Autopsy Shows Solana Beach Shark Victim ‘Wasn’t Seen As Food’

As reported by CBS 8 News.

The shark that killed a man in Solana Beach last month was not looking for food, according to an autopsy report.

Dr. David Martin was bitten several times, and now it appears the shark was not after him for food, but rather saw him as a threat to obtaining food.

“It was not a feeding attack. Generally in a feeding or predatory attack you will have tissue loss by the victim,” shark expert Ralph Collier said.

Collier attended Dr. Martin’s autopsy, which showed little tissue loss, despite the fact that he was bitten at least four times with no more than six distinct strikes to the thigh, the knee and the foot.

“This was a very aggressive, very forceful event,” Collier said.

Collier has been studying White Sharks for more than 40 years. his theory is that possibly the shark perceived Dr. Martin as a threat. Maybe it was eating in the area and feared the swimmers were there to take its food. He’s heard of that happening several times with boats.

“If the boat drifts in too close to the object, frequently the shark will leave the seal and ram the boat,” Collier said.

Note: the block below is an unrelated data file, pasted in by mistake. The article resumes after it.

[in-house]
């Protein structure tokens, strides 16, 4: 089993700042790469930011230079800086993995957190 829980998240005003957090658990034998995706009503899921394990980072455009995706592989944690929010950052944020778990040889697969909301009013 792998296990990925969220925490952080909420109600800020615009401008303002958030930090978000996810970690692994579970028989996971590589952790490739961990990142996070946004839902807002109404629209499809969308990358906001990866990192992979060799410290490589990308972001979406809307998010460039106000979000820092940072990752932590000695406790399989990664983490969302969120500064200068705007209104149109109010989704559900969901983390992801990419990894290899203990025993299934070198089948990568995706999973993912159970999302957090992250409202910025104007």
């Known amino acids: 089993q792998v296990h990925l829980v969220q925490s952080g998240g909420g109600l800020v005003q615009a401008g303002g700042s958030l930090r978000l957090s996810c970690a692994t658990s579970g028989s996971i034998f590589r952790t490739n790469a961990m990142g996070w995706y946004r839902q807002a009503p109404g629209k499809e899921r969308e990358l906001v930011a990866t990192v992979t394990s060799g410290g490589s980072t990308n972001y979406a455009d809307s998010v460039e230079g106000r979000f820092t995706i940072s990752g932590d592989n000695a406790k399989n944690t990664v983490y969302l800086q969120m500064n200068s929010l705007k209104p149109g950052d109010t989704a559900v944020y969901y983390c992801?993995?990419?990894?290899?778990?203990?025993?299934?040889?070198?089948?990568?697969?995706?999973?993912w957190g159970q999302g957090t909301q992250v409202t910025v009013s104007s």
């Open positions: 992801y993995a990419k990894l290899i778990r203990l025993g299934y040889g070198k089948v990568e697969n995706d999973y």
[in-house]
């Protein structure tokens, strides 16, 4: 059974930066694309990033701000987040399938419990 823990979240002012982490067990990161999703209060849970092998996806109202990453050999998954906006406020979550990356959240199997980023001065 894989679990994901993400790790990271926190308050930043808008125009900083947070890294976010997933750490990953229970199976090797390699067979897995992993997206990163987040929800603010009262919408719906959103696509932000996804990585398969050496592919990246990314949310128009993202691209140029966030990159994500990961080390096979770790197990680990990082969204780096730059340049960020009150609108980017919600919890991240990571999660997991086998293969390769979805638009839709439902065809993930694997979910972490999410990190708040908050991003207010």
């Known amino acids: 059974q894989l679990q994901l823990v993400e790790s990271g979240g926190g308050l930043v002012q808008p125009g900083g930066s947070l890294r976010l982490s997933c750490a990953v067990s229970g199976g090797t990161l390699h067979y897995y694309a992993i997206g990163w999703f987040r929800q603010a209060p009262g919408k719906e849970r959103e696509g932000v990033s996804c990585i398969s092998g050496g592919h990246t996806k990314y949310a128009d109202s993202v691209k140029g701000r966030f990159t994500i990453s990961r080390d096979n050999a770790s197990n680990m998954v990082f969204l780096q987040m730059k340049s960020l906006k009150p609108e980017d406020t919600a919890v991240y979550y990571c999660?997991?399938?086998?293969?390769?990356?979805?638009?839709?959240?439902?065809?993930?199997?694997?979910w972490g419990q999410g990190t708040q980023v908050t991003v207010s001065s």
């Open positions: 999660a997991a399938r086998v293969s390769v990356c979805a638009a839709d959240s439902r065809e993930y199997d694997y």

Collier says there’s evidence the shark had been in the area up to nine days before the attack. The proof – on his website – a sea lion that washed ashore in Carlsbad that was clearly bitten by a large shark. Another one surfaced just one day before the attack on Dr. Martin in Encinitas.

Unfortunately those two incidents didn’t get to Collier until after the attack, giving him no chance to get the word out to lifeguards.

Is the shark still in the area today? Collier has no confirmed sightings, so he’s glad to see people back in the ocean surfing, boogey boarding and swimming.

“The ocean is as safe a place as the Colorado River. Most accidents in the ocean have nothing to do with sharks,” Collier said.